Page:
By Cyril Tuohy
Prudential Group Insurance has announced that it will offer critical illness insurance coverage through the workplace, a sign that the life and retirement insurance giant sees a need for the coverage and is keen to take advantage of recent growth in the voluntary benefits space.
Critical illness coverage will be offered to employers with 1,000 workers or more. The standard coverages in the policy cover major illness like heart attack, cancer, organ transplant, renal failure, stroke and coronary artery bypass surgery, the company said.
“The inclusion of critical illness insurance in a group insurance plan enables employees to help protect their financial wellness as well as their physical wellness,” said Robert Patience, vice president of voluntary benefits with Prudential Group Insurance. “The financial security this coverage provides can allow patients to focus on recovery instead of bills.”
The critical illness policy will be offered either on an employer or employee pay-all basis, and will complement the company’s group life, accidental disability and dismemberment, and long- and short-term disability coverage, Patience said.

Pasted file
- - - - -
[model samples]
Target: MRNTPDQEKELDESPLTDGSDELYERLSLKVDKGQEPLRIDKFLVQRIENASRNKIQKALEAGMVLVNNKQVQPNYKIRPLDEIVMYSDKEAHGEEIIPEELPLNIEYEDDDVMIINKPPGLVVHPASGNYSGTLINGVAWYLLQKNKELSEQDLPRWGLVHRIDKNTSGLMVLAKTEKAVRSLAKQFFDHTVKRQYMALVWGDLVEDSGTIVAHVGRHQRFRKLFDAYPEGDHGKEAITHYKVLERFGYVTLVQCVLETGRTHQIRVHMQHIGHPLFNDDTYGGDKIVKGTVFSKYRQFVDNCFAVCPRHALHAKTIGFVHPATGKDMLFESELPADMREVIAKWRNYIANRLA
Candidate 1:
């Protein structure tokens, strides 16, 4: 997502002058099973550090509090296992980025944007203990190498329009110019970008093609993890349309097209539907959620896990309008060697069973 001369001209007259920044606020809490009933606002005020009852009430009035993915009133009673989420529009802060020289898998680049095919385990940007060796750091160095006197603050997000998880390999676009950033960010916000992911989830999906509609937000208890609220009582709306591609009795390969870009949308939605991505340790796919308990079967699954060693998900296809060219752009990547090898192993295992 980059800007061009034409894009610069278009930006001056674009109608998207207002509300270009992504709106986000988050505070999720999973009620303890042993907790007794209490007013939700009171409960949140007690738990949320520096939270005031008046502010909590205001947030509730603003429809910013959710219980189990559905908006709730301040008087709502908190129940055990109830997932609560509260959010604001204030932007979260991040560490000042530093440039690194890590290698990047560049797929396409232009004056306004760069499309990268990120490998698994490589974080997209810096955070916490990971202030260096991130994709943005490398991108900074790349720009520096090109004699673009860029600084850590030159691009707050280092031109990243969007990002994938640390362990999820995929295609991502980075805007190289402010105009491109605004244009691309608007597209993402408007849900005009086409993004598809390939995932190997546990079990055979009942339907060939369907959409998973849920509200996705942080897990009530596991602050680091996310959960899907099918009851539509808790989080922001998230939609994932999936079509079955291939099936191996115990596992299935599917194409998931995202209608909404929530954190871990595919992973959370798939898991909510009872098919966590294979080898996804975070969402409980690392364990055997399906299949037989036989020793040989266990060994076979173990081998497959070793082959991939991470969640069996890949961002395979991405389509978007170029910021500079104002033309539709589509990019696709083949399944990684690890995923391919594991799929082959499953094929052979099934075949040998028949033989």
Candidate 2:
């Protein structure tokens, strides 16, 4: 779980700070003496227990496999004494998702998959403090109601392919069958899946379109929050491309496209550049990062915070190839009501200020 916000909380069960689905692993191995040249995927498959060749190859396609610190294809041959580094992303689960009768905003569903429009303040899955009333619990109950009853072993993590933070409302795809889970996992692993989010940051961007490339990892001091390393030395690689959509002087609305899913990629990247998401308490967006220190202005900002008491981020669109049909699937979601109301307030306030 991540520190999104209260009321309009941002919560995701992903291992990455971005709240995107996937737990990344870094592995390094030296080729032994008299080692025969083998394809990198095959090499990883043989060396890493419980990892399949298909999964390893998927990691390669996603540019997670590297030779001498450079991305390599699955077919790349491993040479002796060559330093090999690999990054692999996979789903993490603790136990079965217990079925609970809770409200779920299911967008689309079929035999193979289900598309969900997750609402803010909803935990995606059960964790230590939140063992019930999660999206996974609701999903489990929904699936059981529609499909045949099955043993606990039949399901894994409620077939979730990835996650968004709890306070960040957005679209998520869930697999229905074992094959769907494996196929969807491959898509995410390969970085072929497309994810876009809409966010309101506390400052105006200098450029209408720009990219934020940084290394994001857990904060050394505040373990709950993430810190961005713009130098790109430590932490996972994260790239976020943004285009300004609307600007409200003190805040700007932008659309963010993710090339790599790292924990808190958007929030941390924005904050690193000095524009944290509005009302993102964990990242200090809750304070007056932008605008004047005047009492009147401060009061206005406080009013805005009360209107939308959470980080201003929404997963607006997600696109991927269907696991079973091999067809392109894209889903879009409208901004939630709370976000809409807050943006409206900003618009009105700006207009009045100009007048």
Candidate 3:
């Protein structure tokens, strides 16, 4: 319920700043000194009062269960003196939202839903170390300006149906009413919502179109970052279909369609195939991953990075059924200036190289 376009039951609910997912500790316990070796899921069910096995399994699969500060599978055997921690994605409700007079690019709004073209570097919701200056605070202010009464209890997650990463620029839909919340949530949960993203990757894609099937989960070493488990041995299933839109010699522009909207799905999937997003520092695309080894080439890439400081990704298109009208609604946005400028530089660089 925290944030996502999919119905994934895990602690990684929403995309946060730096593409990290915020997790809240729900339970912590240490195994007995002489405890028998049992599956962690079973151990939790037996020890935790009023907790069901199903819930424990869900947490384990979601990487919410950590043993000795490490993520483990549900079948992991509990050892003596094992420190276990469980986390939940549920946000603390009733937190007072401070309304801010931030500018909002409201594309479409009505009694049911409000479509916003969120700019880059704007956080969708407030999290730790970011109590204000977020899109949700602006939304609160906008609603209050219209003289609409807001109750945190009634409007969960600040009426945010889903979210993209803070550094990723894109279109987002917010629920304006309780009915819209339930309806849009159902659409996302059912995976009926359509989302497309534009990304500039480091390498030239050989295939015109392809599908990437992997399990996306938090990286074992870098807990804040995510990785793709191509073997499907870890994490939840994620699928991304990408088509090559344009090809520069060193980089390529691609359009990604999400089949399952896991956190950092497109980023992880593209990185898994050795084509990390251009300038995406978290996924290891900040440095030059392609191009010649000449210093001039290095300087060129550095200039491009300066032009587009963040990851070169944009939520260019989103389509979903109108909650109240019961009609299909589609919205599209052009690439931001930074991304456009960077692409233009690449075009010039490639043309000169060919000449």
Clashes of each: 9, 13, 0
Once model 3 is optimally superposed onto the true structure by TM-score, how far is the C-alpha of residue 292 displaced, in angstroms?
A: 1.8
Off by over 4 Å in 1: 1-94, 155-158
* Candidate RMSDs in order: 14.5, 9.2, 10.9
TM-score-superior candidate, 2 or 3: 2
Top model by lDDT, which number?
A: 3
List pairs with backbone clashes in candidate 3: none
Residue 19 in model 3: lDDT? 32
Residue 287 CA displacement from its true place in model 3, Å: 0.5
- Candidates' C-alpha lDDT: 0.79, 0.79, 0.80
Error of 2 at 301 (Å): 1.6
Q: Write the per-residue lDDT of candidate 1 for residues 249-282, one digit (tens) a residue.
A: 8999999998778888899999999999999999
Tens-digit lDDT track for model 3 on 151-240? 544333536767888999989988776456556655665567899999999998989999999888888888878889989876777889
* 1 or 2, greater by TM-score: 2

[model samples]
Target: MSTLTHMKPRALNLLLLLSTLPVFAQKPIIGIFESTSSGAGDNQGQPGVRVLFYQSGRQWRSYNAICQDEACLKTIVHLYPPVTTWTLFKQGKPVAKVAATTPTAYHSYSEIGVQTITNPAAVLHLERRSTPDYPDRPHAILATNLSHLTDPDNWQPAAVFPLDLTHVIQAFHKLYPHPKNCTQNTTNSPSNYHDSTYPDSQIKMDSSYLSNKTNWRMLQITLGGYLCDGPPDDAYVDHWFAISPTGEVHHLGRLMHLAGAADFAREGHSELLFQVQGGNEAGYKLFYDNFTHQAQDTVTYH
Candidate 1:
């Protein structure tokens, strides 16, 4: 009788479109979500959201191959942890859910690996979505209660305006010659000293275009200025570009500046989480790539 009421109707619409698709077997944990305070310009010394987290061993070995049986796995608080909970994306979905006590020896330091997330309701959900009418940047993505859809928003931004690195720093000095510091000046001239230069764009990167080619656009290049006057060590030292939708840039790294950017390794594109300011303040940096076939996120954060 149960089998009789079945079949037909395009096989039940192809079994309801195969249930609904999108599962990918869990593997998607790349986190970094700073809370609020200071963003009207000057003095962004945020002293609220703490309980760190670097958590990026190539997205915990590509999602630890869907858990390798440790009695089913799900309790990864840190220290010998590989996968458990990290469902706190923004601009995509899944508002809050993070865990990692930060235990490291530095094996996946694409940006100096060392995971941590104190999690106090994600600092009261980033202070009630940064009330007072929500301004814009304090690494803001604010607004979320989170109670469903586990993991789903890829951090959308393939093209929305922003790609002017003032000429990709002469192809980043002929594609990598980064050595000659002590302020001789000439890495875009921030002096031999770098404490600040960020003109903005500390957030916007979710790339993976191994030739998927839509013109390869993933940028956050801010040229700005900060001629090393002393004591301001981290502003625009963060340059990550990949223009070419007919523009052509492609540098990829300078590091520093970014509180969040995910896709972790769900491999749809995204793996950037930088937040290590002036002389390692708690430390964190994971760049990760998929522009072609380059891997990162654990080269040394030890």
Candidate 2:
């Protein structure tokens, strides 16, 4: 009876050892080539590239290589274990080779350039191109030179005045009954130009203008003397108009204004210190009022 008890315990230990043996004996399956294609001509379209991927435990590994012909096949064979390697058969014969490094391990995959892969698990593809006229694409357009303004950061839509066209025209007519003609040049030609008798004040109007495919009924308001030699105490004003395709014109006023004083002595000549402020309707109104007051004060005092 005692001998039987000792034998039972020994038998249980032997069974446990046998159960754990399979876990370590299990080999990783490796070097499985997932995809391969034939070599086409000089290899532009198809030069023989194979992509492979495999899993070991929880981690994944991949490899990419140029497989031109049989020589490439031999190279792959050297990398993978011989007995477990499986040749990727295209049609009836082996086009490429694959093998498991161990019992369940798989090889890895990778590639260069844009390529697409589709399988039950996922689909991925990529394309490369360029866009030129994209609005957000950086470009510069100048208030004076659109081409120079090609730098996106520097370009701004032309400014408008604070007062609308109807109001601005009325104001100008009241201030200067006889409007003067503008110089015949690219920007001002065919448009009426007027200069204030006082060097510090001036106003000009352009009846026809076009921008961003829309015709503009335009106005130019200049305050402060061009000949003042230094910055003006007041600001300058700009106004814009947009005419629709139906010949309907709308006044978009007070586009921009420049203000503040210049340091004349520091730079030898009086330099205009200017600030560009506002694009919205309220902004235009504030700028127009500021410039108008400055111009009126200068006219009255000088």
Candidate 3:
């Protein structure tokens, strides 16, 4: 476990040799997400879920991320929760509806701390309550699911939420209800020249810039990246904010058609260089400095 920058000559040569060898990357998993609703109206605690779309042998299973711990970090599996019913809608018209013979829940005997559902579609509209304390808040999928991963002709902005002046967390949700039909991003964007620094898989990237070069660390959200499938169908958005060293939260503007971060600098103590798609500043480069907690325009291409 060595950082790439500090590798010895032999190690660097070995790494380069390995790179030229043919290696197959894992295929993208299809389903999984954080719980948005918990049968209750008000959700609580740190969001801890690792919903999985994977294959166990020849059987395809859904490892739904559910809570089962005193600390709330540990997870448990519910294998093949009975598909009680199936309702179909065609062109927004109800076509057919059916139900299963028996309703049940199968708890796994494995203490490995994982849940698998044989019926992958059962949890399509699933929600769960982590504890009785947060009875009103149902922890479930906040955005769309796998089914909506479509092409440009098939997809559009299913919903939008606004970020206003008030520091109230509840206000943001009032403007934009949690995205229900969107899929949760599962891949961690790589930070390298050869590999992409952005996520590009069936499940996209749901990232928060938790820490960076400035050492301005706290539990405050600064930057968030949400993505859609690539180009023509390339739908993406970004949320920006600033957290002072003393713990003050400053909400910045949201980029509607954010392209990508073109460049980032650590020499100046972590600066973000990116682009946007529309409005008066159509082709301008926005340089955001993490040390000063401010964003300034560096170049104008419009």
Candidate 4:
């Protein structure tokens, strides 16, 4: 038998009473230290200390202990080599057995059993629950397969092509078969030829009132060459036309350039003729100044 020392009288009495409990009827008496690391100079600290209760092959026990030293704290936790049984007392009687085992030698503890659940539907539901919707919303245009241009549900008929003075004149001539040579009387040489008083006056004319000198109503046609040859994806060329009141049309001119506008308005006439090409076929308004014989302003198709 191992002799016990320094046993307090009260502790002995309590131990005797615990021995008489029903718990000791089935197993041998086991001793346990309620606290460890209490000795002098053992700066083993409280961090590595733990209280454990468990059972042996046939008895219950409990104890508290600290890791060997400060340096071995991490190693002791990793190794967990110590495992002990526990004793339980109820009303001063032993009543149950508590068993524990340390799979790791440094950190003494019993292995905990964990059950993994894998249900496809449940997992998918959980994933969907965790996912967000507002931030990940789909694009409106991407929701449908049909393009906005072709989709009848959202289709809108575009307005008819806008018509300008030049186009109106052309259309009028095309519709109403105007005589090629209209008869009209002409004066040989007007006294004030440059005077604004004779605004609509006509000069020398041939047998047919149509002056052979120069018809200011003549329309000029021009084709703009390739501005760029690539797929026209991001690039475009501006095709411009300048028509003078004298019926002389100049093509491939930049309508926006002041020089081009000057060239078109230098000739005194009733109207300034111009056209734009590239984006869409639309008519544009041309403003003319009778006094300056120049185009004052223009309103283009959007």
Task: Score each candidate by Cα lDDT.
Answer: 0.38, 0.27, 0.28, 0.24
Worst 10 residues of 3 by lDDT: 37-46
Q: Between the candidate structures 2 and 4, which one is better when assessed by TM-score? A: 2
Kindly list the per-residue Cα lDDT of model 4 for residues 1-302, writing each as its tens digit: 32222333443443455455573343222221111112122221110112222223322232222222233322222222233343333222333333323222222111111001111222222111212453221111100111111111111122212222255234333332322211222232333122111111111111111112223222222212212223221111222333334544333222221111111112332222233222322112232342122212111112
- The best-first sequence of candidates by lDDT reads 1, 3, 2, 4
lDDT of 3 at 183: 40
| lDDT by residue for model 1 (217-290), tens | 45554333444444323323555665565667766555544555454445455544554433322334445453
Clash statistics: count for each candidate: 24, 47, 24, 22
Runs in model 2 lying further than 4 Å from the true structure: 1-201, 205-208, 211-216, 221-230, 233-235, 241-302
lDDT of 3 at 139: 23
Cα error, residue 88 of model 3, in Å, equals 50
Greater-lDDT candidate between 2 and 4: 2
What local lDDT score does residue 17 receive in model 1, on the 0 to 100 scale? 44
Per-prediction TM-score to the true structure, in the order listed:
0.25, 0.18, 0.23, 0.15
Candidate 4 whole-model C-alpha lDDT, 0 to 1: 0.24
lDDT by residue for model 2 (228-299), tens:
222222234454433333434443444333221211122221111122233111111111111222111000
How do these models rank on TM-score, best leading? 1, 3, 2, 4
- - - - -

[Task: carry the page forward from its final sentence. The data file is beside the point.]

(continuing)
Other benefits are available through the policy, the two most common being a wellness benefit, and coverage for Alzheimer’s disease. More than 35 conditions are covered, but policyholders will have to pay extra for those, Patience also said. The coverage is available in all 50 states.
Prudential has been studying the need for a critical illness product for the past three and a half years, Patience said in an interview with InsuranceNewsNet.
There is a need in the marketplace for critical illness coverage, he also said. The rise in out-of-pocket costs associated with health coverage and high-deductible health plans, and the fact that health coverage does not pay for expenses like transportation and day care, has left a “yawning gap” in the marketplace in which the need has remained “unfulfilled.”
Prudential’s policy pays a flat dollar amount, which can be used for anything the policyholder wants, so the product is “extremely flexible,” and provides an “easy and convenient” way to keep extra protection in place, he said.
Employers around the country are moving toward offering more benefits on a voluntary basis since it is employees, not employers, who typically pay for the coverage.
Sales of voluntary products for 2012 were up 6.6 percent over 2011, with total new business premium exceeding $6 billion, according to Eastbridge Consulting’s annual U.S. Worksite/Voluntary Sales Report.
Cyril Tuohy is a writer based in Pennsylvania. He has covered the financial services industry for more than 15 years. He can be reached at [email protected].
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